What Is Q-CTRL Trying to Do?

Q-CTRL is bringing the power of a field called control engineering to quantum technology to help extend the 'quantum life' of qubits.

By stabilizing qubits and increasing coherence times, we are accelerating the pathway to real and useful quantum computers.

What we do at Q-CTRL is help quantum hardware engineers solve some of the toughest problems that are delaying the emergence of this powerful new class of computer.

What Problem Does BLACK OPAL Solve?

Qubits and the computing hardware upon which they are based are exceptionally fragile. Over quite short periods of time, the exotic quantum phenomena that we try to put to work become washed out, making the hardware useless for quantum computing. As a result, running programs or algorithms on this hardware tend to accumulate a lot of errors quickly.

The hardware in modern classical computers, like your laptop, is so good that despite it containing billions of bits, it is unlikely to suffer a single serious error in more than a decade of continuous operation.

The longest that the best quantum hardware can run without an an error is about one-thousandth of a second. It is evident that the quantum technology community has a lot of work to do - and it is our job to help them.

Hardware error is the most serious barrier to building useful quantum computers, so Q-CTRL uses control engineering to help extend the life of quantum bits.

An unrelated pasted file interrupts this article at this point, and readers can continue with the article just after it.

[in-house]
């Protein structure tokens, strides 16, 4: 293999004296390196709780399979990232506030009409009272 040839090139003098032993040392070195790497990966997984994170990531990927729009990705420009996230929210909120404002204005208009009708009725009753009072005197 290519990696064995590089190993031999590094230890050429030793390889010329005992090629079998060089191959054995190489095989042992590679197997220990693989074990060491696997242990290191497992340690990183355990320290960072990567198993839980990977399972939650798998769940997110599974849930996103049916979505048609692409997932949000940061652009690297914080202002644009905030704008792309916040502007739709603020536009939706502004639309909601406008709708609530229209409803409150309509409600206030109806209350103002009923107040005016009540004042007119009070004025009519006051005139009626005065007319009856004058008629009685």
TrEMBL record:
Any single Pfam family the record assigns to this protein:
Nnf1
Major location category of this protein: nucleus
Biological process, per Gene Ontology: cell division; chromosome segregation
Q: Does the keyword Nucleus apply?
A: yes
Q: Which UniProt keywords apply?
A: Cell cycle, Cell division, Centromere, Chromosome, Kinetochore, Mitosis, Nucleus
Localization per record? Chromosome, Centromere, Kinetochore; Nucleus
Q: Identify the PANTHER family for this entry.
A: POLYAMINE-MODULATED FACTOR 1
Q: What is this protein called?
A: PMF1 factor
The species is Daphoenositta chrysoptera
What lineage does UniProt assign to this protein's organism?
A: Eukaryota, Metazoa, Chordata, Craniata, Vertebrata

What Does BLACK OPAL Do?

Q-CTRL has developed a technique called quantum control, which helps stabilize quantum hardware against error, making it easier to build useful quantum machines.

By changing the way we run computations on the hardware we can make the computers more resilient against errors. These techniques are what we share in the form of software through BLACK OPAL, our first commercial product.

With BLACK OPAL, teams can access and build replacements for the normal operations performed on quantum hardware as part of a computation.

Our drop-in-replacement operations are stored in BLACK OPAL's back-end in a library that can be accessed via our cloud-based suite. This library of solutions to extend the life of qubits and reduce errors has been developed over more than a decade of experimental research into quantum control.

These control solutions take the form of instructions to 'intervene' in your hardware, preventing decoherence. Depending on the hardware used by our clients, this intervention can be in the form of laser or microwave pulses.

By accessing these new operations, errors become less likely in our clients' hardware by several orders of magnitude.

As well as relying on the best science, we've also focused on building an intuitive graphical interface that can help everyone in a research team or company learn how to use quantum control. It is designed to help guide a team to find out what kind of control is right for them and how to use control in their application.

We have also built machine learning into our controls and AI-powered tools that help teams build totally new control techniques tailored to their needs.

Perform like a pro
BLACK OPAL: Reduce Decoherence. Increase Fidelity. Take Control

How Does It Work?